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HomeNL-2015-12 4 In the News

In the News

A selection of paddling-related news stories.

"Buffalo Bayou paddling routes offer different perspective on Houston"
 (Houston, TX)
"Bruce Bodson is only steps away from the bumper-to-bumper racket of Allen Parkway. But standing next to a bright orange kayak, the part-time tour guide is headed toward serenity - ready to paddle away for a couple of hours from the newly opened Lost Lake boat launch, where Bayou City Adventures began renting out kayaks and canoes last month..."
Complete story: Chronicle

"2M gallons of sewage spills into Houston bayous" (Houston, TX)
"Last month, more than 2 million gallons of raw sewage overflowed across Houston, the result of Halloween weekend rains swamping the sewage system. The sheer volume of stormwater transmitted by roads and parking lots into sewers overwhelmed the capacity of the system and sewage was released to nearby bayous and ultimately to Galveston Bay..."
Complete story: Chronicle
                          USA Today
Entry contributed by

"Video: Top 10 Tips for Canoeing & Kayaking Safely"
"With the influx of novice paddlers on all types of waterways comes an increased risk of injuries and deaths. Canoes, kayaks and standup paddleboards were responsible for 20 percent of all boating causalities last year. The ACA, with funding from the U.S. Coast Guar createf this animated video with the goal of educating and empowering paddlers to take responsibility for their personal safety on the water..."
Click the image:
Top 10 Safety Tips

Complete story:

"Roof Racks: Do's and Don't's"
"No matter how monstrous your SUV may be, your sea kayak is never going to fit inside like a pair of Rollerblades. It’s just a matter of fact that sea kayakers need roof racks. Even if you do live on the water you’ll eventually want to load your boat and travel to another shoreline. In case you haven’t yet had to explain why you showed up at the weekly race with a wrecked boat let us, your humble editors, offer some solid roof rack advice..."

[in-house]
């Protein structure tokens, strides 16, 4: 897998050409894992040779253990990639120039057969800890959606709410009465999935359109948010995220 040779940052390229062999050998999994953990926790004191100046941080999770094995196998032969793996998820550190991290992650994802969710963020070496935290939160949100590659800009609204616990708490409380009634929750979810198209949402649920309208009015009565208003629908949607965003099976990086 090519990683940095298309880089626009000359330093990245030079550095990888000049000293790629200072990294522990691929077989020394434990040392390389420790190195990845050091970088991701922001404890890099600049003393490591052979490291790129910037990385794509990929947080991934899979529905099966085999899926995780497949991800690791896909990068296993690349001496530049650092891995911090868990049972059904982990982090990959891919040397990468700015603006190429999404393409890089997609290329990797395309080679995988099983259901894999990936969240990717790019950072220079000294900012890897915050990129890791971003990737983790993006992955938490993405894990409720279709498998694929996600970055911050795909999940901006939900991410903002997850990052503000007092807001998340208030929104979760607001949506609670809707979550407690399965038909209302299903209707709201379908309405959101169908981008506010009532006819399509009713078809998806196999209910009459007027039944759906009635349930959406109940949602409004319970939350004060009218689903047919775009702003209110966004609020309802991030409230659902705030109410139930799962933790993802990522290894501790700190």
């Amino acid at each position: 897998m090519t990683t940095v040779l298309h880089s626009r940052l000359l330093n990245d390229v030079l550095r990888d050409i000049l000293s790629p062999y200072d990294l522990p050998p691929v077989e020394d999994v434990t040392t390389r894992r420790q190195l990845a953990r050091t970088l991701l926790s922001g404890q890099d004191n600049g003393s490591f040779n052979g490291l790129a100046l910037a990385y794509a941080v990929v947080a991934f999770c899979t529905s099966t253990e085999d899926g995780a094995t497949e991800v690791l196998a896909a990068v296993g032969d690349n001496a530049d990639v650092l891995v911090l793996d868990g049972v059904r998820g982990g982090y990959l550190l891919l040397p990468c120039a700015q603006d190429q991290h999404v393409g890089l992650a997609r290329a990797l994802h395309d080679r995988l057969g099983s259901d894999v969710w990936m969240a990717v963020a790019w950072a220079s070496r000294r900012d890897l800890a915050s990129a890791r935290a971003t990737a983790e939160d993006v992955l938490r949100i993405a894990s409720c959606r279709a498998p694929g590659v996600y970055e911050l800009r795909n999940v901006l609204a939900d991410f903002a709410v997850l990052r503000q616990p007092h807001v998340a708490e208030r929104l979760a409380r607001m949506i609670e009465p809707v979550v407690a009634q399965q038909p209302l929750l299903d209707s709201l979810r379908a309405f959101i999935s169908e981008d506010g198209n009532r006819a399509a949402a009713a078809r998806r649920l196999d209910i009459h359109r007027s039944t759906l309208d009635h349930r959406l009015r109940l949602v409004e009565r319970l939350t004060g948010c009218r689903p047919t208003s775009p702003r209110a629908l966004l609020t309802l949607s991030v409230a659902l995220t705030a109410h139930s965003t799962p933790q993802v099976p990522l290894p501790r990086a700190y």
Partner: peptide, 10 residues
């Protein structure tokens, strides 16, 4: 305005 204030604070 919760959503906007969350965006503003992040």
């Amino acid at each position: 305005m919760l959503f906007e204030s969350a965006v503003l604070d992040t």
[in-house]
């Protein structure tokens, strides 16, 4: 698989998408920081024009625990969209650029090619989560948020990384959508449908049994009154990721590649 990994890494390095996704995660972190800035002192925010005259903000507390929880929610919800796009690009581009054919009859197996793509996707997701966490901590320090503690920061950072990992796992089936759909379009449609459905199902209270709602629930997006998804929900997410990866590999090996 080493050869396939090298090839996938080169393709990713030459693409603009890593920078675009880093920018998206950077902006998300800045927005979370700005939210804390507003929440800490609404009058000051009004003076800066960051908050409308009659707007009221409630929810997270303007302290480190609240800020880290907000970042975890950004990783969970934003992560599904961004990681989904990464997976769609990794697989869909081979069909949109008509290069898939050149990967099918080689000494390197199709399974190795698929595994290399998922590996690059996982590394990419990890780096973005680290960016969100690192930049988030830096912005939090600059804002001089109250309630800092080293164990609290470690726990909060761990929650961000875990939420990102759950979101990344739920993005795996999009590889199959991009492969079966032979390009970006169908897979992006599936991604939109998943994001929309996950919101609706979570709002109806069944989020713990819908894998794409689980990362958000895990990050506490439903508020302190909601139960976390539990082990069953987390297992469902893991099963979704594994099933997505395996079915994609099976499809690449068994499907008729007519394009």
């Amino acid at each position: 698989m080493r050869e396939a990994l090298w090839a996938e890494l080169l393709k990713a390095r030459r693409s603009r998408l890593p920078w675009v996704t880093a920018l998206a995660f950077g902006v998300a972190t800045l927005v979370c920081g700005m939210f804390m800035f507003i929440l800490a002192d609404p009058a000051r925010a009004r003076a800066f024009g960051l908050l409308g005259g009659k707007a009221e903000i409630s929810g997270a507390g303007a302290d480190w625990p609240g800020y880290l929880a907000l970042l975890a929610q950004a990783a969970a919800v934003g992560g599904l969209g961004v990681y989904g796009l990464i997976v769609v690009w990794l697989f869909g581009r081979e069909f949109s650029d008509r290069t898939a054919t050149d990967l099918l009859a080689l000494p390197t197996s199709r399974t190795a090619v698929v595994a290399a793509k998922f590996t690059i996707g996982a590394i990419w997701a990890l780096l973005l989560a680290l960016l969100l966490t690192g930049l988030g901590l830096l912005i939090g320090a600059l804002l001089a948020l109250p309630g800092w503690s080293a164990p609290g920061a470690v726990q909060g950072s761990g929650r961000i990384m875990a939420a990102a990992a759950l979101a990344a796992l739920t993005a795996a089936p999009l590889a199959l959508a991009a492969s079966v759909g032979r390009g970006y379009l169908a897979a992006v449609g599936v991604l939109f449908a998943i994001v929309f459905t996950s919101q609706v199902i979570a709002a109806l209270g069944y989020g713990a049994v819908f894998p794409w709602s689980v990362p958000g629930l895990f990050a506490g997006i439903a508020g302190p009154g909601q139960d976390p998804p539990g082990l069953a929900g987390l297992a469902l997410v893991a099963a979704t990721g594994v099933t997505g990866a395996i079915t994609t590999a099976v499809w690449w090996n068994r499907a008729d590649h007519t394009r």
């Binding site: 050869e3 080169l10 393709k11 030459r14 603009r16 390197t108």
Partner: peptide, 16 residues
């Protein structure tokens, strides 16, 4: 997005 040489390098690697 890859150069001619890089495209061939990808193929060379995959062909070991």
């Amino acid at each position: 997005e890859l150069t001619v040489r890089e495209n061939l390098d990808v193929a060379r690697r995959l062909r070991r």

Complete story: RapidMedia

"Artists Gone Wild: Chris Pearson"
"Chris Pearson’s love for canoes began as an eighth-grade boy on a church camp canoe trip. It’s never waned...  It’s down in his basement sanctuary and wood shop that his affinity for canoes truly becomes apparent. Amid antique lanterns and North Woods paraphernalia sit four immaculate models of historic wooden canoes he painstakingly researched and built..."
Complete story: Canoe Roots
See more of Chris Pearson’s models at
Entry contributed by

Safety Reminder

"Boy, 10, saves dad from lake" (Hunlock, PA)
"The sudden chill in the water caught Mike Bobersky by surprise.  A moment earlier, he and 10-year-old son Jake had been paddling in kayaks, enjoying the last few minutes of fishing after dinner before the sun set.  Bobersky, 41, had hooked a large-mouth bass. But as he leaned over to bring it into his boat, the kayak flipped.  Suddenly, he was fighting for his life in the 20-foot-deep water..."
Complete story:

"Missing Teen found safe" (Rindge, NH)
"Authorities said a teenager missing from a New Hampshire boarding school has been found safe.  Fish and Game officials said that Julian Hofstetter, 16, was found on an island on Thursday afternoon by a K-9.  Officials said he used a canoe on the shore to reach the island. They said he was tired and hungry but unharmed..."
Complete story:

"Secrets of lost Tequesta" (Parkland, FL)
"In 1959, Bruce Blount was digging a canal along the Everglades' edge when his equipment sounded a loud "whack."  He'd hit a wooden crypt.  Blount peered past splintered wood into the darkness. He saw bodies.  It was filled with skeletal remains that archaeologists later said was a ceremonial center where Tequesta Indians lived, conducted religious rituals and buried their dead. One man was interred with his canoe paddle..."
Complete story: Sun-Sentinel

"Hawaii canoe hits halfway mark in round-the-world voyage" (Honolulu, HI)
"The Polynesian voyaging canoe has reached South Africa, the halfway point on its three-year journey and the most dangerous leg partly because of complicated ocean conditions.  The double-hulled canoe Hokulea left Hawaii last year, and its crew members are sailing without modern navigation equipment. They are using the motion of the waves and the position of the stars to guide their path, sailing the way that brought the first Polynesians to the Hawaiian islands..."
Complete story: